The principal city of Morocco, and capital in all but administration, CASABLANCA (Dar El Baida in its literal Arabic form) is now the largest port of the Maghreb - and busier even than Marseilles, the city on which it was modelled by the French. Its development, from a town of 20,000 in 1906, has been astonishing but it was ruthlessly deliberate. when the French landed their forces here in 1907, and established their Protectorate five years later, Fes which was Morocco's commercial centre, and Tangier its main port. Had Tangier not been in international hands, this probably would have remained the case. However, the demands of an independent colonial administration forced the French to seek an entirely new base. Casa, at the heart of Maroc Utile, the country's most fertile zone and centre of its mineral deposits, was a natural choice.
Superficially, Casa is today much like any other large southern European city : a familiarity which makes it fairly easy to get your bearing and a revelation as you begin to understand something of its life. Arriving here from the south, or even from Fes or Tangier, most of the preconceptions you've been travelling round with will be happily shattered by the city's cosmopolitan beach clubs or by the almost total absence of the veil. But these "European" images shield what is substantially a first-generation city - and one still attracting considerable immigration from the countryside -and perhaps inevitably some of Morocco's most intense social problems.
Alongside its show of wealth and its prestige developments -most notably the vast Mosquée Hassan II, on a promontory looking out the Atlantic - the has had since its formation a reputation for extreme poverty, prostitution, crime, social unrest and the bidonvilles (shanty towns) which you will see both sides of the rail track as you approach Casablanca. The bidonville problem resulted partly from the sheer extent of population increases - which exceeded one million in the 1960s - and partly because few of the earlier migrants intended to stay permanently. Most of them sent back their earnings to their families in the country, intending to rejoin them permanently as soon as they had raised sufficient funds for a business at home.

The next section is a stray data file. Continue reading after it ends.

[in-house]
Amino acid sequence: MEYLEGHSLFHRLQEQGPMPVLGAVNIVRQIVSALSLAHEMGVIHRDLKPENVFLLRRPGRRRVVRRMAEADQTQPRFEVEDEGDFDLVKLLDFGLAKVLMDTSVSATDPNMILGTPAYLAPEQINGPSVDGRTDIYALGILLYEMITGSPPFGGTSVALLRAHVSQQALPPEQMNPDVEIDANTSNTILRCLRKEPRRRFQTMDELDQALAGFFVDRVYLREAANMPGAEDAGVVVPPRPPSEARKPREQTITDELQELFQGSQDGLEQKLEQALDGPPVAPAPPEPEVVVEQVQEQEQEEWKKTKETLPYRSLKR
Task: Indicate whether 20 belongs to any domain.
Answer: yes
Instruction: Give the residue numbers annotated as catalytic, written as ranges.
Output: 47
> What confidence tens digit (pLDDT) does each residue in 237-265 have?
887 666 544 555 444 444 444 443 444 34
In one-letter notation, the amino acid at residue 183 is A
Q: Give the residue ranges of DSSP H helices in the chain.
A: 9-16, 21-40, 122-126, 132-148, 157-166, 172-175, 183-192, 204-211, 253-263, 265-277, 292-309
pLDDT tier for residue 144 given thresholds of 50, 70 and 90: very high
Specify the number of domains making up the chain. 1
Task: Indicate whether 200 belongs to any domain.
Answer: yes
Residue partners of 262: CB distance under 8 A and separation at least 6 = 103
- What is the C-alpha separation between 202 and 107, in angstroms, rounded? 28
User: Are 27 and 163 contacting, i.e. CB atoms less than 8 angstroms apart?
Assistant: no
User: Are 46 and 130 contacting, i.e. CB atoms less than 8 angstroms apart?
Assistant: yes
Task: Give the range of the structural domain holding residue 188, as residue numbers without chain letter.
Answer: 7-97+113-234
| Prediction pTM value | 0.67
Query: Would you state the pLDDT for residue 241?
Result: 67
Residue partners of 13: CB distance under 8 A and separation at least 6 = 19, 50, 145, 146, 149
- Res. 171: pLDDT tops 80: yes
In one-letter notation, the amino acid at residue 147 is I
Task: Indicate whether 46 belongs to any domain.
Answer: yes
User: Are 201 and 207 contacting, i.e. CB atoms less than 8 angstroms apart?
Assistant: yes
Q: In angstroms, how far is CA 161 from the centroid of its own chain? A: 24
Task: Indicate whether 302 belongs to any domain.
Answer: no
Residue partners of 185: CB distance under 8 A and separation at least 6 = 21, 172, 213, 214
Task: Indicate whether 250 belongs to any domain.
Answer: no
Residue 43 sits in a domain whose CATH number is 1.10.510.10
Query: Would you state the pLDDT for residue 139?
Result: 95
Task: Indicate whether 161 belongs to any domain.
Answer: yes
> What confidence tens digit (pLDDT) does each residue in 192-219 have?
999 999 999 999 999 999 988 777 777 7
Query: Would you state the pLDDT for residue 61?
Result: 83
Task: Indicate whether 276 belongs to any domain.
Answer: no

the pattern is now much more towards permanent settlement, and this, together with a strict control of migration and limited number of self-help programmes, has eased and cleared many of the worst slums. Also, bidonville dwellers have been accorded increasing respect during recent years. They cannot be evicted if they have lived in a property over two years, and after ten years they acquire title to the land and building, which can be used as collateral at the bank for loans. The dread of every bidonville family is to be evicted and put in a high-rise block, which is regarded as the lowest of the low on the housing ladder.
The problem of a concentrated urban poor, however, is more enduring and represents, as it did for the French, an intermittent threat to government stability. Casa, through the 1940s and 1950s, was the main centre of anti-French rioting, and post-independence it was the city's working class which formed the base of Ben Barka's Socialist Party. There have been strikes here sporadically in subsequent decades, and on several occasions, most violenty in the food strikes of 1982, they have precipitated rioting whether Casa's development can be sustained, and the lot of its new migrants improved, must decide much of Morocco's future.